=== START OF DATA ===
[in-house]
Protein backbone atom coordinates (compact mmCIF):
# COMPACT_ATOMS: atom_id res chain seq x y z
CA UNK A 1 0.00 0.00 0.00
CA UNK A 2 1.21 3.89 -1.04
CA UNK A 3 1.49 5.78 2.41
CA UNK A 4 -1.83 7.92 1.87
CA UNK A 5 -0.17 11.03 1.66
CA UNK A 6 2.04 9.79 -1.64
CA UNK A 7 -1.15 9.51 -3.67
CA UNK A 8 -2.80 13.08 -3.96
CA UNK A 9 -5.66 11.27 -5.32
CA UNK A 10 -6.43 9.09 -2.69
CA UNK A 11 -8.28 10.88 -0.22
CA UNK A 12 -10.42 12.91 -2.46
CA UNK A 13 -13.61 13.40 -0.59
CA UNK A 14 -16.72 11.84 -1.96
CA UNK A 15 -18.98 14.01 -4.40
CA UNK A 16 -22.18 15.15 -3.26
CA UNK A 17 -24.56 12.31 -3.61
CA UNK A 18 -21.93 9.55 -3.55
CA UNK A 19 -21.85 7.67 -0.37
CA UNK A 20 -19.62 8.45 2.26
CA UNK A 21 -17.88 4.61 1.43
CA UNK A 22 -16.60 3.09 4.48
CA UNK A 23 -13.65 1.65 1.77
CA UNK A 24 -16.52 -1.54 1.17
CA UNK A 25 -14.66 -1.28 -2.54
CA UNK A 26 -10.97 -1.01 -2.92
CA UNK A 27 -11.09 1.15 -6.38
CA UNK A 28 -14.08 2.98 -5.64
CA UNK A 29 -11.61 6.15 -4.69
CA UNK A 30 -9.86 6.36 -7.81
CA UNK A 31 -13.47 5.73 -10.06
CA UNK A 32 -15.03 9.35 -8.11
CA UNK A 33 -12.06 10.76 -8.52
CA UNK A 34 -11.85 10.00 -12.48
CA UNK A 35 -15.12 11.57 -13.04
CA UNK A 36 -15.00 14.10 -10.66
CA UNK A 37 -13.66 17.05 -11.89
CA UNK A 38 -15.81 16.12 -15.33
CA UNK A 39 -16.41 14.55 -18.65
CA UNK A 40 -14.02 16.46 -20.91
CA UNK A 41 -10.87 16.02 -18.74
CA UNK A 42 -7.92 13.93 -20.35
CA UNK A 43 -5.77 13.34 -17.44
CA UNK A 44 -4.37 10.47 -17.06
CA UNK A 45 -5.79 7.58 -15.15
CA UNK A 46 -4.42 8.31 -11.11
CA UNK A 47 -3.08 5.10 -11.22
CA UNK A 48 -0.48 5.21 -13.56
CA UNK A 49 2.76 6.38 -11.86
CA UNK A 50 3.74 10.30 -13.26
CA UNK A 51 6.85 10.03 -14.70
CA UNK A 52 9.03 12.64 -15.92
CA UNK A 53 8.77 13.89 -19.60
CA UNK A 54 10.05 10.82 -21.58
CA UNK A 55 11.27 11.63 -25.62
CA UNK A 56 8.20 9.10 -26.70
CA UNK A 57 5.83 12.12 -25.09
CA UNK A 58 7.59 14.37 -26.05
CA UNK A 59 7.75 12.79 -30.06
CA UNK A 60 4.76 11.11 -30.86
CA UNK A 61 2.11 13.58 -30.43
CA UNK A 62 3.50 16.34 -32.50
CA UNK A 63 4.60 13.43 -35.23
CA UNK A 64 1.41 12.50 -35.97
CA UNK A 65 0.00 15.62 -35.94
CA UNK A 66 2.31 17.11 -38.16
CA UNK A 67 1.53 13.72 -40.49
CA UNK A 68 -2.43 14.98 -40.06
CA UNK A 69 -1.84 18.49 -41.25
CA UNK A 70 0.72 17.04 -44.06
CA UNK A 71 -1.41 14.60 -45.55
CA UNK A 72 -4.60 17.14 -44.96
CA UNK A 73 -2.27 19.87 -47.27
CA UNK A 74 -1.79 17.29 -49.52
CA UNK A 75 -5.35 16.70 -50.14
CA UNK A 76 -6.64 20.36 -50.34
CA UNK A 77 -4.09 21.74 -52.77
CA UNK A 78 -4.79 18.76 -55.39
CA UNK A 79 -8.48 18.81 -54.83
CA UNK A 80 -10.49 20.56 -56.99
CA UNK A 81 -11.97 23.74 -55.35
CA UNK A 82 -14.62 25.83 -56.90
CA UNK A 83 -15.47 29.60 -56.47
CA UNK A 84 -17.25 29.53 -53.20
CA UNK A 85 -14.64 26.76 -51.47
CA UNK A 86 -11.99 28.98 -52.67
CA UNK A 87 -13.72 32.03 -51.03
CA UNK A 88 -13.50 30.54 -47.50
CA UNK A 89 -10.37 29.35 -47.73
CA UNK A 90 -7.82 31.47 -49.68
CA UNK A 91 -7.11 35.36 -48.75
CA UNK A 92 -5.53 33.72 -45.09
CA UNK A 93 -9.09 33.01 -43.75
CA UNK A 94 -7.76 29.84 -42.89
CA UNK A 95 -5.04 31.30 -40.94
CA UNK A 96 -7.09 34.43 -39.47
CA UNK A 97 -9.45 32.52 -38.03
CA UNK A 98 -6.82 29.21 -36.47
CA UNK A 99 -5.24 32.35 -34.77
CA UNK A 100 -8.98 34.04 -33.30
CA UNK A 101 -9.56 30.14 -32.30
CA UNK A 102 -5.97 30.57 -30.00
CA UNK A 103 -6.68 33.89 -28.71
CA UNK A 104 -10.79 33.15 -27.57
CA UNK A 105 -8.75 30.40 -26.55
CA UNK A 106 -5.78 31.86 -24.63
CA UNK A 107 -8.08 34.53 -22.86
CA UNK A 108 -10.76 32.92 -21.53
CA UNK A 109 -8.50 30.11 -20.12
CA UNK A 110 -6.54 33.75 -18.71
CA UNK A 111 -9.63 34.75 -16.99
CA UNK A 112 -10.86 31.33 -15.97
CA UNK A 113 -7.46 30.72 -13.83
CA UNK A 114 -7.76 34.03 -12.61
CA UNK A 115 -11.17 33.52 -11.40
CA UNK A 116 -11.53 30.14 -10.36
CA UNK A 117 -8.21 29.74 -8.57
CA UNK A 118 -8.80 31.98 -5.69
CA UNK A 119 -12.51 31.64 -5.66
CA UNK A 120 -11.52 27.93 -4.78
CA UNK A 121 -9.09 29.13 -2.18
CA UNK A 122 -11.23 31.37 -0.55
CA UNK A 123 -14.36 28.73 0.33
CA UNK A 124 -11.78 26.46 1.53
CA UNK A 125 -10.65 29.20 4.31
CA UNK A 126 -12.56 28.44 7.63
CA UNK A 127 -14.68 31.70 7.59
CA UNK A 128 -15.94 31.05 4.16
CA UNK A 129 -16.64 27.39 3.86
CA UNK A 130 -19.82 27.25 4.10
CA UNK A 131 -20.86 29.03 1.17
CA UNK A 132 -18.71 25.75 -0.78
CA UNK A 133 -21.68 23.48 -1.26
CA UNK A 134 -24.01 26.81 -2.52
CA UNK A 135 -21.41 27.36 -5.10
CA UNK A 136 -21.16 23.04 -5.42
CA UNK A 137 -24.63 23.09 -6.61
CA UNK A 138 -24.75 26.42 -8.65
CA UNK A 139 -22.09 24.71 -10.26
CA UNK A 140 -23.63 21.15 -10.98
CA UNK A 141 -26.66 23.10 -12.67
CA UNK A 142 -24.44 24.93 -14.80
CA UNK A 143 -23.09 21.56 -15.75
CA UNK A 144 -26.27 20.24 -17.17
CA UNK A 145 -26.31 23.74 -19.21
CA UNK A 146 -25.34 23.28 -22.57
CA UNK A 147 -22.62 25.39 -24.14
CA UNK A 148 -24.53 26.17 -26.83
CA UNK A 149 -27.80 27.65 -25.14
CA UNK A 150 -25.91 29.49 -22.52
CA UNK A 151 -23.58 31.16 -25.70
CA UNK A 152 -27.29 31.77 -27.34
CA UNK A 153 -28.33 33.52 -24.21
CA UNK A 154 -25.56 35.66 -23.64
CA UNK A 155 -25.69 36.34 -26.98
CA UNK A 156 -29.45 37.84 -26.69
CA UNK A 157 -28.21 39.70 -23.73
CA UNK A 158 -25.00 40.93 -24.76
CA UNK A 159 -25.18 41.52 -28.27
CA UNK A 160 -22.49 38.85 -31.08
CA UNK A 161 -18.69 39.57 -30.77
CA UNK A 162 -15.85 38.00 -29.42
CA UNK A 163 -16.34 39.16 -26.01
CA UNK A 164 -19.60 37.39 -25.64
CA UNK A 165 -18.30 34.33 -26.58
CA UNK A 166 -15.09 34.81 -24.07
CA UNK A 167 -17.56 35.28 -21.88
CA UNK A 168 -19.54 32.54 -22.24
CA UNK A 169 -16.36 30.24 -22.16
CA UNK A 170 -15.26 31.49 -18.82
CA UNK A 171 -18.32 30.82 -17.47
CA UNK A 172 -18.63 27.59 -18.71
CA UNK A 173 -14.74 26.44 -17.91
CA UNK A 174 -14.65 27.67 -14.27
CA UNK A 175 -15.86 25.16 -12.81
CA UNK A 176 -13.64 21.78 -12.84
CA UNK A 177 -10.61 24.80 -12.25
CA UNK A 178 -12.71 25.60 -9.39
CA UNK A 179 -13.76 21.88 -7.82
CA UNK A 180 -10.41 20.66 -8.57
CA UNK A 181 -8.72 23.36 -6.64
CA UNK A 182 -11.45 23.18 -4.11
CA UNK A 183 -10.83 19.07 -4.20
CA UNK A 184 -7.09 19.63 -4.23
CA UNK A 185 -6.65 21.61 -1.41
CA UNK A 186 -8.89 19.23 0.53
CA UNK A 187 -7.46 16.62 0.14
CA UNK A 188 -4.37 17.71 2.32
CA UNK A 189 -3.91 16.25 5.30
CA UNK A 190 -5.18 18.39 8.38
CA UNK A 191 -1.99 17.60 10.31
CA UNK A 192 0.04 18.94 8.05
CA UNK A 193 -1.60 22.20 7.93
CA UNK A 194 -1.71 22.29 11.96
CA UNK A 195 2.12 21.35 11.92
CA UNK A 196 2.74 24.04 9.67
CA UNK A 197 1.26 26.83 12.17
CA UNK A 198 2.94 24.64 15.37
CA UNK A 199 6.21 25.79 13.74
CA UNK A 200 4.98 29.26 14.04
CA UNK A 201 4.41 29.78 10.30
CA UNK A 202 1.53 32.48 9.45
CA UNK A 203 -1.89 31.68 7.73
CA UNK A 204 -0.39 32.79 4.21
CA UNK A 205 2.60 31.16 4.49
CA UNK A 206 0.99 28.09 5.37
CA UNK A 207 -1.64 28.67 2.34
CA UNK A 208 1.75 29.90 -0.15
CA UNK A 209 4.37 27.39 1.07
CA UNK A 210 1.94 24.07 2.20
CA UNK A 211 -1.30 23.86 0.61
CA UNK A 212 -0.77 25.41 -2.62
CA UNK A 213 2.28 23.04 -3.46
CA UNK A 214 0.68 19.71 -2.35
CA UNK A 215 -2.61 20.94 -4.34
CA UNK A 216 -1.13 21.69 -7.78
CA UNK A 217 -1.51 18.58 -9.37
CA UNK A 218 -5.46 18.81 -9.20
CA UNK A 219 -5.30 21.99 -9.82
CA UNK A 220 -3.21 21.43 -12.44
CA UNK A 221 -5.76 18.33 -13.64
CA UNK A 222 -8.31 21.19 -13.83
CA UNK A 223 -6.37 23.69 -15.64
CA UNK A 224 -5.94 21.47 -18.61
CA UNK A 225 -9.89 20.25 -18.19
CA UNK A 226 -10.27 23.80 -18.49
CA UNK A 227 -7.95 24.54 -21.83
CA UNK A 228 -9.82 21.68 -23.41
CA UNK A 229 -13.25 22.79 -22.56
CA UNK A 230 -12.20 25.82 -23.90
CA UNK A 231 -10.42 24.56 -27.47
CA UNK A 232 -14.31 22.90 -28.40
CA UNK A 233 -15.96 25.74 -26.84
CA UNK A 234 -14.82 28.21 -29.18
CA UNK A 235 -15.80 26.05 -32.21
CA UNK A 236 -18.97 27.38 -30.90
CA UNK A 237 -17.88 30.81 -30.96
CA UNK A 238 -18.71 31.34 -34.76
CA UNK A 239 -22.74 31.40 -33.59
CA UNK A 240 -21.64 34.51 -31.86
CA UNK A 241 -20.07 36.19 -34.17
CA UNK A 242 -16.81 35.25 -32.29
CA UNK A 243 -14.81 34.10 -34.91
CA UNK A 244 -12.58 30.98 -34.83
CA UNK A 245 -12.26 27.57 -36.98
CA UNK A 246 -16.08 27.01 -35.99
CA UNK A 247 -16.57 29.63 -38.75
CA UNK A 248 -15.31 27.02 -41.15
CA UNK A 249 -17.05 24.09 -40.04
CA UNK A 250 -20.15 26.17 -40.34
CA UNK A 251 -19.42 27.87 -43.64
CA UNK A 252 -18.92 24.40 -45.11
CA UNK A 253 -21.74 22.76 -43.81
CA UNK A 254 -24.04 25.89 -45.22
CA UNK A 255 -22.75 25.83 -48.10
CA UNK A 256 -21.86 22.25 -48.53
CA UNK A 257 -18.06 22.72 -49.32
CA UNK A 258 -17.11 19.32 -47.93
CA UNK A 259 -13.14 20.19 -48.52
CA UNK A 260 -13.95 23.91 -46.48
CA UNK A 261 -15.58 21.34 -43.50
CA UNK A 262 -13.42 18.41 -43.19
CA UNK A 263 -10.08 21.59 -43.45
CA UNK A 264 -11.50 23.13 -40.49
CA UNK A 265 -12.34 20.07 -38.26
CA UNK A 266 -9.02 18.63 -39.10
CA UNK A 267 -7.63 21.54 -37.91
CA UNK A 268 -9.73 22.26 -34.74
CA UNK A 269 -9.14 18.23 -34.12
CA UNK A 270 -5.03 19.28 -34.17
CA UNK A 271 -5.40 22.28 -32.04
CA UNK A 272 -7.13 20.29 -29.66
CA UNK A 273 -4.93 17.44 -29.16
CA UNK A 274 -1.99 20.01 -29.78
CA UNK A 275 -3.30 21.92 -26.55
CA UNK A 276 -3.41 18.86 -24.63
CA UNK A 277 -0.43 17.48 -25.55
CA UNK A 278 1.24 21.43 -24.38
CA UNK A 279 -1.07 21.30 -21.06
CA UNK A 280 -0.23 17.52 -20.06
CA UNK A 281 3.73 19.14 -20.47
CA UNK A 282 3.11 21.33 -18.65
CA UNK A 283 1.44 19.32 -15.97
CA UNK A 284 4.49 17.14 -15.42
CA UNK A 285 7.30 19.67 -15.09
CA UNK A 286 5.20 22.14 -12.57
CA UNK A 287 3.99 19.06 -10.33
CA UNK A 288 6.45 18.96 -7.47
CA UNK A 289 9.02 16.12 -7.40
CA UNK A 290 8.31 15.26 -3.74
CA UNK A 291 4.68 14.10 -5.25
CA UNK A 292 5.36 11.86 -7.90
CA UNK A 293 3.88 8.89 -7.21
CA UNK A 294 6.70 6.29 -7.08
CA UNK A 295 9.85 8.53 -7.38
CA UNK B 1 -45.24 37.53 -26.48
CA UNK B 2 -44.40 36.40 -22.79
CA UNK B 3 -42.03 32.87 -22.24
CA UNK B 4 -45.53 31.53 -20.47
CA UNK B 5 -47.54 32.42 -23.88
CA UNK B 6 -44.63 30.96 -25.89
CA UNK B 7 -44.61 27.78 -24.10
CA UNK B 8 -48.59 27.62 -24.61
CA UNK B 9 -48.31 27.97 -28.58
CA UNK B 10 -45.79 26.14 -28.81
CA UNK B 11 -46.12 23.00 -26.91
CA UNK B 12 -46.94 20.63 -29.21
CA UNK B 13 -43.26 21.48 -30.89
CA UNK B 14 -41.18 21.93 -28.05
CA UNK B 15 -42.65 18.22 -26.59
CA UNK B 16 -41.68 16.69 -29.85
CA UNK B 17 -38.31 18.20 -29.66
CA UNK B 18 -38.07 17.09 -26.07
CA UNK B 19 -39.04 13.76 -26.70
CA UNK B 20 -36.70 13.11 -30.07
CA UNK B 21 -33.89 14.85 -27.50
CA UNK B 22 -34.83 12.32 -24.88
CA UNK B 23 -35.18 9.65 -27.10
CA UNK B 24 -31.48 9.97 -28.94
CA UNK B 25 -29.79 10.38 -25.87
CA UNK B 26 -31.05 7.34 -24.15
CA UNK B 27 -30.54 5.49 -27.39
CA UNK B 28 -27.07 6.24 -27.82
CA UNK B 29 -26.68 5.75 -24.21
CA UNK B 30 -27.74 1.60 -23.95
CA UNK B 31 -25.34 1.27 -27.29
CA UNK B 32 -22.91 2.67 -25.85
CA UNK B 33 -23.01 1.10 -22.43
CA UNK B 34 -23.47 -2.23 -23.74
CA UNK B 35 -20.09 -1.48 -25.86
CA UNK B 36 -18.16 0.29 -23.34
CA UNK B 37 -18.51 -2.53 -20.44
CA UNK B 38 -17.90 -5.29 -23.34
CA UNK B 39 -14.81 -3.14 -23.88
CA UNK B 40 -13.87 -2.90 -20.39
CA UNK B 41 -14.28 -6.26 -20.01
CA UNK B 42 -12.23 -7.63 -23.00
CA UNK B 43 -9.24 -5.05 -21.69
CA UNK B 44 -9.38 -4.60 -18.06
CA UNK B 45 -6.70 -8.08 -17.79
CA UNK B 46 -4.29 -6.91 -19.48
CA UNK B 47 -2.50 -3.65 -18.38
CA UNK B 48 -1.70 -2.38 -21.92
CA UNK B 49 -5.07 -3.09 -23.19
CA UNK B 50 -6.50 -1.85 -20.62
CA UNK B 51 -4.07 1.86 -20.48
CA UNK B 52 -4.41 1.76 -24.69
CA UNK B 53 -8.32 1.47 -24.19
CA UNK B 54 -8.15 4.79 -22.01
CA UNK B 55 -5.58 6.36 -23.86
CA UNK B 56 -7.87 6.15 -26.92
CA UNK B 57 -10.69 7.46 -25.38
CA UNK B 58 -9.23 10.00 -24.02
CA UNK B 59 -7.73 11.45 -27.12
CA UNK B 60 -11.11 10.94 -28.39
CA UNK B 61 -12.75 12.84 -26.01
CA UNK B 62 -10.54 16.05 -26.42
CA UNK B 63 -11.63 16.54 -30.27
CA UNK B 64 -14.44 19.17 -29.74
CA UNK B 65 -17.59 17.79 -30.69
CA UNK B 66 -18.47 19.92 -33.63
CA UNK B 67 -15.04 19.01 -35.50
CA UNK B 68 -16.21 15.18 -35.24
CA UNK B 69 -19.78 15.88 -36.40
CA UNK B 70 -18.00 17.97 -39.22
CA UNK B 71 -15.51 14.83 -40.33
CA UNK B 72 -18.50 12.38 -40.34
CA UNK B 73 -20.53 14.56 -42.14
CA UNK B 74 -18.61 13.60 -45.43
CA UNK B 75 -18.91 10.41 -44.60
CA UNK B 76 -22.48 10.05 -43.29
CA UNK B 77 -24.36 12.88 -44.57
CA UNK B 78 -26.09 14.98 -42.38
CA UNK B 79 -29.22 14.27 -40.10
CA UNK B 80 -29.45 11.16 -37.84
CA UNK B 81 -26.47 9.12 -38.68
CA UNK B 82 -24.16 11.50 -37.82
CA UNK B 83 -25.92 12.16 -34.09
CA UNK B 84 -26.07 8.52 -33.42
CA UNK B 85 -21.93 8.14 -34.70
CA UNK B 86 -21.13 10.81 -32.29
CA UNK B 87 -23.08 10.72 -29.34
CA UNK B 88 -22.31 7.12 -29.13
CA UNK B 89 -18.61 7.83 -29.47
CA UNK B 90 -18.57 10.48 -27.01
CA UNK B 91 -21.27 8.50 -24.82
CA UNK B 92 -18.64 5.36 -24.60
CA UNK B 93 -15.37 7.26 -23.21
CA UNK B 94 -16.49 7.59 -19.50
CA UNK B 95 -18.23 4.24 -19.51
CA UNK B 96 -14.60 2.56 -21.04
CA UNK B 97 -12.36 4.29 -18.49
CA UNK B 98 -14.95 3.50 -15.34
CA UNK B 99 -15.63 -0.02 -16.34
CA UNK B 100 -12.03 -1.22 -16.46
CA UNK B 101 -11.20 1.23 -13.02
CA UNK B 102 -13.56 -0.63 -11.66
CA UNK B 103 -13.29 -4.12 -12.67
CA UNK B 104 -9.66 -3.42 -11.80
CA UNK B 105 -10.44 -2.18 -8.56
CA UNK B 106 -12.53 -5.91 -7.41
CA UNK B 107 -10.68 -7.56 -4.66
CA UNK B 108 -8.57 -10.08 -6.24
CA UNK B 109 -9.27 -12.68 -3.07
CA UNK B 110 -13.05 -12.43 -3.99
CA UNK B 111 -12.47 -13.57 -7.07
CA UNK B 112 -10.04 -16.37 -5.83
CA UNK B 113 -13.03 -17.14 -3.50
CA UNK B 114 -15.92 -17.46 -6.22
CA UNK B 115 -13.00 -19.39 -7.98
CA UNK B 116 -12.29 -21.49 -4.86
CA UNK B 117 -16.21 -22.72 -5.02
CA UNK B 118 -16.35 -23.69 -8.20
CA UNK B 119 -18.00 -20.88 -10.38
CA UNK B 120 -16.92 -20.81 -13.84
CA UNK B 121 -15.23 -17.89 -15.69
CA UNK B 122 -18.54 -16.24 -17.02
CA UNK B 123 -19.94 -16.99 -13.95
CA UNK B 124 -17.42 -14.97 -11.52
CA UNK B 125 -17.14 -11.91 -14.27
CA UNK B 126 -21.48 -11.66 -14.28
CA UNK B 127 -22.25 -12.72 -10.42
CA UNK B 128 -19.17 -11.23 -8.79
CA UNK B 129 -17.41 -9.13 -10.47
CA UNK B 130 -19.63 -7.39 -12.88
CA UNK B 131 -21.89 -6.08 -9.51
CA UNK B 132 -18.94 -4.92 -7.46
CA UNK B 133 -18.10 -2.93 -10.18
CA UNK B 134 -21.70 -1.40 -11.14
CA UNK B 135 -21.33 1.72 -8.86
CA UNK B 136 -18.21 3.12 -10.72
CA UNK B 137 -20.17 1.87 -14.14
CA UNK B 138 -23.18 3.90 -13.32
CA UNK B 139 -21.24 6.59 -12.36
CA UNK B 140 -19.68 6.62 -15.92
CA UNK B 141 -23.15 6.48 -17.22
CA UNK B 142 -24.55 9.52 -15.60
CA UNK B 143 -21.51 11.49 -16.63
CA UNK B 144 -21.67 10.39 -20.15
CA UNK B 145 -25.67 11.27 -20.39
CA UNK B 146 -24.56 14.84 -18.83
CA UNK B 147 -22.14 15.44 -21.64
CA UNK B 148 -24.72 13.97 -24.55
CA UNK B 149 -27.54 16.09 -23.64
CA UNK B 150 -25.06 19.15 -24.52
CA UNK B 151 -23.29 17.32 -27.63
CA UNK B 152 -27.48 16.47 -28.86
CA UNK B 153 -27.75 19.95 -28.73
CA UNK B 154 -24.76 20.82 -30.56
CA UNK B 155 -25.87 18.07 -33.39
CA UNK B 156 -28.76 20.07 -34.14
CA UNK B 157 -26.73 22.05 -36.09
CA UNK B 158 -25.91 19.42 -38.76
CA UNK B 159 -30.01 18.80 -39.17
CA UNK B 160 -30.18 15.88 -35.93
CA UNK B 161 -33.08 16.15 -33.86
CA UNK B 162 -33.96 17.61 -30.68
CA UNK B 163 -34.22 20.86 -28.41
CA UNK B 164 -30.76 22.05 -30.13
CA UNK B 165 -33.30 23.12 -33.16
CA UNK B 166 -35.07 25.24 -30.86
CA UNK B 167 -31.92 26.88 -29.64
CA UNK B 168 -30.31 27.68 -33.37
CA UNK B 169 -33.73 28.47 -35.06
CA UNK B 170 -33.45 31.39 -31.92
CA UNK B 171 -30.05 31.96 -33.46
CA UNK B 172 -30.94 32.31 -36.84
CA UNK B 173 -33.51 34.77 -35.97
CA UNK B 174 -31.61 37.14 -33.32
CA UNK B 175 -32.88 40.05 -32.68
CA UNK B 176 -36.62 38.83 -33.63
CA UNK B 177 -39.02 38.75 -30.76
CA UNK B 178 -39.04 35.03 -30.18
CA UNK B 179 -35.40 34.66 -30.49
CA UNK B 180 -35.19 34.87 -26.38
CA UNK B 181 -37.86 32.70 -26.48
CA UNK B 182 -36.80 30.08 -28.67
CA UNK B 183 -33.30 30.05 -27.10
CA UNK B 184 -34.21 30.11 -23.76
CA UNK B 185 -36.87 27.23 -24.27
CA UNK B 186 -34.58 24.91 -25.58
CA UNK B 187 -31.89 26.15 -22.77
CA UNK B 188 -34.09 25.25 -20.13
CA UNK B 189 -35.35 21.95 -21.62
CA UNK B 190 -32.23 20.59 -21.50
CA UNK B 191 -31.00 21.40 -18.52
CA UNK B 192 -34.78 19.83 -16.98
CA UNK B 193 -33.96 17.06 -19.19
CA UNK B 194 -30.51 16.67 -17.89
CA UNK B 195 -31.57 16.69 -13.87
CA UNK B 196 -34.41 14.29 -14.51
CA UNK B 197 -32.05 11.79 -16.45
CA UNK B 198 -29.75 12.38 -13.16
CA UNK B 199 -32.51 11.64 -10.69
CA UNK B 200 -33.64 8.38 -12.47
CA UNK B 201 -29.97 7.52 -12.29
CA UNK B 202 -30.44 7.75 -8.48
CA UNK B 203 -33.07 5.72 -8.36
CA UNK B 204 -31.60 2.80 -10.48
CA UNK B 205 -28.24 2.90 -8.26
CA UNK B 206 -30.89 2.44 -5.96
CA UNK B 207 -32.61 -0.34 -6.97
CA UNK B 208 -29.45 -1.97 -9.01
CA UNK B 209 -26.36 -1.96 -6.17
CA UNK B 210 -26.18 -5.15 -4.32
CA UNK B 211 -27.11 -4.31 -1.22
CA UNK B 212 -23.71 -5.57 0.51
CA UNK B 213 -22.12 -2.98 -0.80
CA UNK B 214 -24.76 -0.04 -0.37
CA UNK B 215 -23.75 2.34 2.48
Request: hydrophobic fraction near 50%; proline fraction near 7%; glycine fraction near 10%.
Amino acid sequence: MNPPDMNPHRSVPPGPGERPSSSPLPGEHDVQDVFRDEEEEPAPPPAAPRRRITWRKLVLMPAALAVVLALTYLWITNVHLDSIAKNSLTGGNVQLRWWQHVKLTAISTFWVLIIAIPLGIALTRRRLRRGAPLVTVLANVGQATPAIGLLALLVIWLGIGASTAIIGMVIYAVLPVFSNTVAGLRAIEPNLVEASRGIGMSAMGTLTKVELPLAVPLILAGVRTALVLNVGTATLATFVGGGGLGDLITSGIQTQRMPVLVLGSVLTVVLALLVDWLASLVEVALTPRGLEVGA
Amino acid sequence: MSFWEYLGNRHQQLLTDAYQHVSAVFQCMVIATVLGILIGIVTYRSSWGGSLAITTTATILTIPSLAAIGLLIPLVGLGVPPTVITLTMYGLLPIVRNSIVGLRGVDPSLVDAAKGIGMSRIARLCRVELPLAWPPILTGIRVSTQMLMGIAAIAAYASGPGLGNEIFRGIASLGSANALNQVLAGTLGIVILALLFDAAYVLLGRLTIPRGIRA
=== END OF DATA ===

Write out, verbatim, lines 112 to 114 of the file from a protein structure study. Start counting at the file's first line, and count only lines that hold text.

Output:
CA UNK A 109 -8.50 30.11 -20.12
CA UNK A 110 -6.54 33.75 -18.71
CA UNK A 111 -9.63 34.75 -16.99